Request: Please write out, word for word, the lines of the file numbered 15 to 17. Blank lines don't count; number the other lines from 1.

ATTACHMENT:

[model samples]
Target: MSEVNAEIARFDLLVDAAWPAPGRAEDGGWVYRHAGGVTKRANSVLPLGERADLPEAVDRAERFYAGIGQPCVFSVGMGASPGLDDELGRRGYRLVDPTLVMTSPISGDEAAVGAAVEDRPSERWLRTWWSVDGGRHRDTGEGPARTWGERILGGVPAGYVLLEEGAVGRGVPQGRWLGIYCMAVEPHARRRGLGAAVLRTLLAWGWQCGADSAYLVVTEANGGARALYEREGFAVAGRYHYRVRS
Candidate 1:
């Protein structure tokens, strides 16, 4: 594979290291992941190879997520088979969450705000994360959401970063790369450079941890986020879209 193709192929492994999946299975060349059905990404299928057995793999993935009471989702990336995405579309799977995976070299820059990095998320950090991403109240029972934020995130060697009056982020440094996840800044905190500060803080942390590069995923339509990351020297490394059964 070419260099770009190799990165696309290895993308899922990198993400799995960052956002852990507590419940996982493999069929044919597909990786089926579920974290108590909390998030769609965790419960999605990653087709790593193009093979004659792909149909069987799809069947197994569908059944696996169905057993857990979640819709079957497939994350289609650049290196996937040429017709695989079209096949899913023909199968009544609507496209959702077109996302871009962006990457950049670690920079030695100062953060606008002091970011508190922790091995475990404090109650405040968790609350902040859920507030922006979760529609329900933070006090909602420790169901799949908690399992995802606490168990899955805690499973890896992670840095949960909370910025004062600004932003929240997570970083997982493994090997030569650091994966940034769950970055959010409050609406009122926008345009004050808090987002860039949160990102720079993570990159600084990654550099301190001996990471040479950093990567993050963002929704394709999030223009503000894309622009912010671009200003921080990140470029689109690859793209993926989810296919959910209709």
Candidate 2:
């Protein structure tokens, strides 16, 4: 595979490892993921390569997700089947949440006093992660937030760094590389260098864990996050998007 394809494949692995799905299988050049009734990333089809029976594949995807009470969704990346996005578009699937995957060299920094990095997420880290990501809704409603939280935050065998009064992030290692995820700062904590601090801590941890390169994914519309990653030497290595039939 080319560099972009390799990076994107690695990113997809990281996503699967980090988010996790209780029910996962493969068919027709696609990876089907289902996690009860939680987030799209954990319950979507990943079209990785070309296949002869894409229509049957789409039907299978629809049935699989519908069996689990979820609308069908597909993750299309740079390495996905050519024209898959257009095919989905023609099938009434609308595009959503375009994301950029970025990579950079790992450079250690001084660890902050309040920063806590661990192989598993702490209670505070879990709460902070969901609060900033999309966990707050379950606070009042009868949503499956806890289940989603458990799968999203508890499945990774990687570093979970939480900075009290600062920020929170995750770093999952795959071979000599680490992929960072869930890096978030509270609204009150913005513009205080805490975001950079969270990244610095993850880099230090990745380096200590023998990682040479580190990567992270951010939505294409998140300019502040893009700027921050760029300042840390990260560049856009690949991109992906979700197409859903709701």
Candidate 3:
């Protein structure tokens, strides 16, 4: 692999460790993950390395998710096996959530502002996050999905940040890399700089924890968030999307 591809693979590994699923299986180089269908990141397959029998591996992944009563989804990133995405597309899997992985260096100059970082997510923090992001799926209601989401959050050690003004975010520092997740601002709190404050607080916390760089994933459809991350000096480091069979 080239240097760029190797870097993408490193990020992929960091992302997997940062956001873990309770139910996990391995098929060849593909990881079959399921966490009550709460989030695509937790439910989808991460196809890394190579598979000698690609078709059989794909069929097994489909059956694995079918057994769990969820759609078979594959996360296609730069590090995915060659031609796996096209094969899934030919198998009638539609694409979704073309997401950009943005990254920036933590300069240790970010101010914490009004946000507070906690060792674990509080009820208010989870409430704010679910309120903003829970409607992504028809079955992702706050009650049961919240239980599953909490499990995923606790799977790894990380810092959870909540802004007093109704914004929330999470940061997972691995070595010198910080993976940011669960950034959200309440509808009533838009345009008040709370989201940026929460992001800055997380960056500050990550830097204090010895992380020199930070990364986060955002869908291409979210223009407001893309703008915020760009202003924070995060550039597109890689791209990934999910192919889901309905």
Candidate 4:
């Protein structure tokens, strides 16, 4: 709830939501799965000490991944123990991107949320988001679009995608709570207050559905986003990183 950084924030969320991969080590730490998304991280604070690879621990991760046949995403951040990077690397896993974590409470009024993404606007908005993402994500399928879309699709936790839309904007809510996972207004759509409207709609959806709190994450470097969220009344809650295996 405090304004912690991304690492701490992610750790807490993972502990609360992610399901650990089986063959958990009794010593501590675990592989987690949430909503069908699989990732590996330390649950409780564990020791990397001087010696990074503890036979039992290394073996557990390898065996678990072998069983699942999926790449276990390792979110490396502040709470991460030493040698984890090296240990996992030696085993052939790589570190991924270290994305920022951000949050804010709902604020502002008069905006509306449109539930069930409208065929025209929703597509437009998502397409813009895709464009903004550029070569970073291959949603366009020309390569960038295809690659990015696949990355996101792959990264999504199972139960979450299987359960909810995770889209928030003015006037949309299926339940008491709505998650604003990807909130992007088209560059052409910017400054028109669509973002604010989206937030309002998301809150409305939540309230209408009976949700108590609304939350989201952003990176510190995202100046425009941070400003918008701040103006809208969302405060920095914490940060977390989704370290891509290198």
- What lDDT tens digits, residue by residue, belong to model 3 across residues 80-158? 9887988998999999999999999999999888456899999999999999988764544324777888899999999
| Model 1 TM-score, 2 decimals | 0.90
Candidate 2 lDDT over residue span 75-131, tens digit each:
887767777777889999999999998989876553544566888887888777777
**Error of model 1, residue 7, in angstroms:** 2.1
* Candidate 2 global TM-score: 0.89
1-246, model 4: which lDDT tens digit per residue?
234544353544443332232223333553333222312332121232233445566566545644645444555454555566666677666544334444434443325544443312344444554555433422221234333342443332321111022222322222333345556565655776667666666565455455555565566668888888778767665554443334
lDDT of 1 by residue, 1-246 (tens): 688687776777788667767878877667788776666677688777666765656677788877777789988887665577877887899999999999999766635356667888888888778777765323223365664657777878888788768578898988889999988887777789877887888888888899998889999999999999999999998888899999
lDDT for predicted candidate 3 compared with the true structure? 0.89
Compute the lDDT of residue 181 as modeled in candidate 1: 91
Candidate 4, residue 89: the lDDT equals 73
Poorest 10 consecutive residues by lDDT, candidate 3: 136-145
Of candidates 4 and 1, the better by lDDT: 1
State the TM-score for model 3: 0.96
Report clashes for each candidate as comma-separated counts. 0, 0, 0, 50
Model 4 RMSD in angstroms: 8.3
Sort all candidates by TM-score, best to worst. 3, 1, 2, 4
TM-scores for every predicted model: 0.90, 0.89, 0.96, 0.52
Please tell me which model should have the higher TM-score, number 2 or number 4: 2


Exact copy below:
**Error of model 1, residue 7, in angstroms:** 2.1
* Candidate 2 global TM-score: 0.89
1-246, model 4: which lDDT tens digit per residue?